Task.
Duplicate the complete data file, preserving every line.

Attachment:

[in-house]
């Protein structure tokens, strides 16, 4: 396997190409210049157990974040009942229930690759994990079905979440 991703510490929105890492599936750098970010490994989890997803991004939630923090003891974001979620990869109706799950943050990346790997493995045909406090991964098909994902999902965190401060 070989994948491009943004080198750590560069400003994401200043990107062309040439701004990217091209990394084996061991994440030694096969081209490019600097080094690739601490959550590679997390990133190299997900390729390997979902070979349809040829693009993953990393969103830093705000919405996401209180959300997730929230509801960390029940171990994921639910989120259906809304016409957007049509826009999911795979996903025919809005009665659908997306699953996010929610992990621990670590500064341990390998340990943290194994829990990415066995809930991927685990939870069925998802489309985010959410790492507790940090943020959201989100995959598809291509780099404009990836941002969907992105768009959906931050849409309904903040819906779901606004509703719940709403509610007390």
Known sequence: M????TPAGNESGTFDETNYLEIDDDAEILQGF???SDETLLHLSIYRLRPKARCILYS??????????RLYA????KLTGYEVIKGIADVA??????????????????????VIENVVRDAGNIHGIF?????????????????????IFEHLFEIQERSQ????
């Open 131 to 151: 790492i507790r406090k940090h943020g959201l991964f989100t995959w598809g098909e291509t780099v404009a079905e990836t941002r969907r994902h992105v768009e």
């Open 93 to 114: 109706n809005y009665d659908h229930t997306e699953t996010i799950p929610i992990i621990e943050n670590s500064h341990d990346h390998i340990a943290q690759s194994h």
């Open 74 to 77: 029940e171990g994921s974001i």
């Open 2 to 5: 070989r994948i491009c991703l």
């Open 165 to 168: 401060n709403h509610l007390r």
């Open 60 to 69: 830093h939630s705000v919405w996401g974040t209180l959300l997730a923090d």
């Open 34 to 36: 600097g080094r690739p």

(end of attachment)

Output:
[in-house]
């Protein structure tokens, strides 16, 4: 396997190409210049157990974040009942229930690759994990079905979440 991703510490929105890492599936750098970010490994989890997803991004939630923090003891974001979620990869109706799950943050990346790997493995045909406090991964098909994902999902965190401060 070989994948491009943004080198750590560069400003994401200043990107062309040439701004990217091209990394084996061991994440030694096969081209490019600097080094690739601490959550590679997390990133190299997900390729390997979902070979349809040829693009993953990393969103830093705000919405996401209180959300997730929230509801960390029940171990994921639910989120259906809304016409957007049509826009999911795979996903025919809005009665659908997306699953996010929610992990621990670590500064341990390998340990943290194994829990990415066995809930991927685990939870069925998802489309985010959410790492507790940090943020959201989100995959598809291509780099404009990836941002969907992105768009959906931050849409309904903040819906779901606004509703719940709403509610007390």
Known sequence: M????TPAGNESGTFDETNYLEIDDDAEILQGF???SDETLLHLSIYRLRPKARCILYS??????????RLYA????KLTGYEVIKGIADVA??????????????????????VIENVVRDAGNIHGIF?????????????????????IFEHLFEIQERSQ????
């Open 131 to 151: 790492i507790r406090k940090h943020g959201l991964f989100t995959w598809g098909e291509t780099v404009a079905e990836t941002r969907r994902h992105v768009e």
């Open 93 to 114: 109706n809005y009665d659908h229930t997306e699953t996010i799950p929610i992990i621990e943050n670590s500064h341990d990346h390998i340990a943290q690759s194994h």
């Open 74 to 77: 029940e171990g994921s974001i």
């Open 2 to 5: 070989r994948i491009c991703l």
């Open 165 to 168: 401060n709403h509610l007390r």
């Open 60 to 69: 830093h939630s705000v919405w996401g974040t209180l959300l997730a923090d």
């Open 34 to 36: 600097g080094r690739p």